Chittagong port

Chittagong port of Bangladesh

Dhaka, Bangladesh (BBN)– Bangladesh’s overall imports grew by 15.05 per cent in the first 10 months of this fiscal year (FY), mainly due to higher import of food grains and fuel oils, officials said.

The settlement of letters of credit (LCs), generally known as actual import, in terms of value, rose to nearly US$43 billion during the July-April period in the FY 2017-18 from $37.37 billion in the same period in the FY 17, according to the central bank’s latest statistics.

On the other hand, opening of LCs, generally known as import order, rose by nearly 52 per cent to $60.73 billion including $11.38 billion for Rooppur Nuclear Power Plant (NPP) during the July-April period of this fiscal from $35.67 billion in the same period of the FY 17.

The Bangladesh Atomic Energy Commission (BAEC), the state-run nuclear energy research and regulatory body, had opened the LC through the state-owned Sonali Bank Limited to import different items, including capital machinery, to build the plant.

Talking to the BBN, a senior official of the Bangladesh Bank (BB) said the overall imports increased significantly during the period under review due to higher imports of petroleum products and food grains.

Import of petroleum products jumped by 21.88 per cent to $2.59 billion during the July-April period of FY 18 from $2.12 billion in the same period of the previous fiscal, the BB data showed.

“Upward trend of oil prices in the global market pushed up the overall import of Bangladesh,” the central banker explained.

The average crude oil price stood at $68.8 per barrel in April 2018. It was $63.5 per barrel in February, according to the World Bank’s latest Commodity Markets Outlook, released on May 02.

The BB official also said the ongoing holy Ramadan and the upcoming Eid-ul-Fitr festival have contributed to the rise in overall import.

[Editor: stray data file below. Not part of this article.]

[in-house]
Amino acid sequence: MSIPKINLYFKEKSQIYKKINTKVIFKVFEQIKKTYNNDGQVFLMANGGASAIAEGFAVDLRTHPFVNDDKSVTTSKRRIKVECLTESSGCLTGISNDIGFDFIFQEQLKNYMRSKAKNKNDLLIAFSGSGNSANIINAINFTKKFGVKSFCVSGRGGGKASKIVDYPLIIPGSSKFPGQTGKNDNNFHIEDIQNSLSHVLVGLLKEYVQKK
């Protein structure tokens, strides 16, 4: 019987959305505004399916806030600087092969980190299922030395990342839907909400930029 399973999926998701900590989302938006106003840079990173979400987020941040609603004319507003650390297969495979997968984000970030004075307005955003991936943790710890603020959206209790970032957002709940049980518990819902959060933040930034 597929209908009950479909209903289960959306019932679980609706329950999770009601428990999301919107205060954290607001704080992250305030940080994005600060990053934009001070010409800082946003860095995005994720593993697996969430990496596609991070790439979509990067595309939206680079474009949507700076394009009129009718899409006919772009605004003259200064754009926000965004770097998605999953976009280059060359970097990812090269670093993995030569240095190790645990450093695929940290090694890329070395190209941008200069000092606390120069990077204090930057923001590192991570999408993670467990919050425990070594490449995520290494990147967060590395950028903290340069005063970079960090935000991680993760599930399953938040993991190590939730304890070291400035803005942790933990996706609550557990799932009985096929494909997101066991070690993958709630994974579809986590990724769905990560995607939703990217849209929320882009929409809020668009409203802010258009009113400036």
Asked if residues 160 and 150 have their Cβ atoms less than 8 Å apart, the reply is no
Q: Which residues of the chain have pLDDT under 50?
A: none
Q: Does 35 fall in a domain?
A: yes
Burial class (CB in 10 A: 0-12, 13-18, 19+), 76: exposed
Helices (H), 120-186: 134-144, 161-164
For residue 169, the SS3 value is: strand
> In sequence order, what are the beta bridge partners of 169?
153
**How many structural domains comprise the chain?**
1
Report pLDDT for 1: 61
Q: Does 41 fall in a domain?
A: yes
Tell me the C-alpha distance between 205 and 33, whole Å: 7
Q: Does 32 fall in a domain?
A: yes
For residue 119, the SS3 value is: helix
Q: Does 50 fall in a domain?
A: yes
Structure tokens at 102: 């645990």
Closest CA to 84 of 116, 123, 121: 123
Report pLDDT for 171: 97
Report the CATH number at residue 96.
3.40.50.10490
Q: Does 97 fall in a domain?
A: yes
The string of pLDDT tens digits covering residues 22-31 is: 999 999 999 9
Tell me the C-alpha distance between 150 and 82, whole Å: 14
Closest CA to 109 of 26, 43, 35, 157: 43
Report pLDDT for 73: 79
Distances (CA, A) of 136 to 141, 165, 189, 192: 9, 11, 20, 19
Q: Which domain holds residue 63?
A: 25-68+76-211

Food grain imports, particularly of rice and wheat, zoomed up by more than 176 per cent to $2.70 billion in the first 10 months of this fiscal from $976.87 million in the same period of the FY 17.

A large quantity of essential commodities is normally imported to meet the additional demand of consumers during the month of Ramadan, the month of fasting.

Import of consumer goods rose by 57.79 per cent to $6.64 billion during the period under review from $4.21 billion in the same period of the previous fiscal.

However, import of capital machinery may fall slightly in the coming months due to higher demand for the US dollar, a senior private banker said.

The exchange rate of Bangladesh Taka (BDT) depreciated significantly against the US dollar in recent months mainly due to higher demand for the greenback for settling import bills.

The local currency depreciated by BDT 3.10 to BDT 83.70 on Monday in the inter-bank foreign exchange market from BDT 80.60 on July 02, 2017, the first working day of the FY 18.

Import of capital machinery or industrial equipment used for productions increased by nearly 5.0 per cent to $4.40 billion in the 10 months to April of this fiscal year against $4.20 billion during the same period of FY 17.

The banker also hinted that possible political uncertainty centering the next general elections may also push down fresh import of capital machinery.

However, import of intermediate goods like coal, hard coke, clinker and scrap vessels increased by more than 8.0 per cent to $3.42 billion in the first 10 months of this fiscal from $3.16 billion in the same period of the previous fiscal.

During the period, import of machinery for miscellaneous industries witnessed a 7.67 per cent growth to $4.14 billion from $3.85 billion in the same period of the FY 17.

Import of industrial raw materials grew by nearly 11 per cent to $15.09 billion during the period under review from $13.60 billion in the same period of the previous fiscal.

BBN/SSR/AD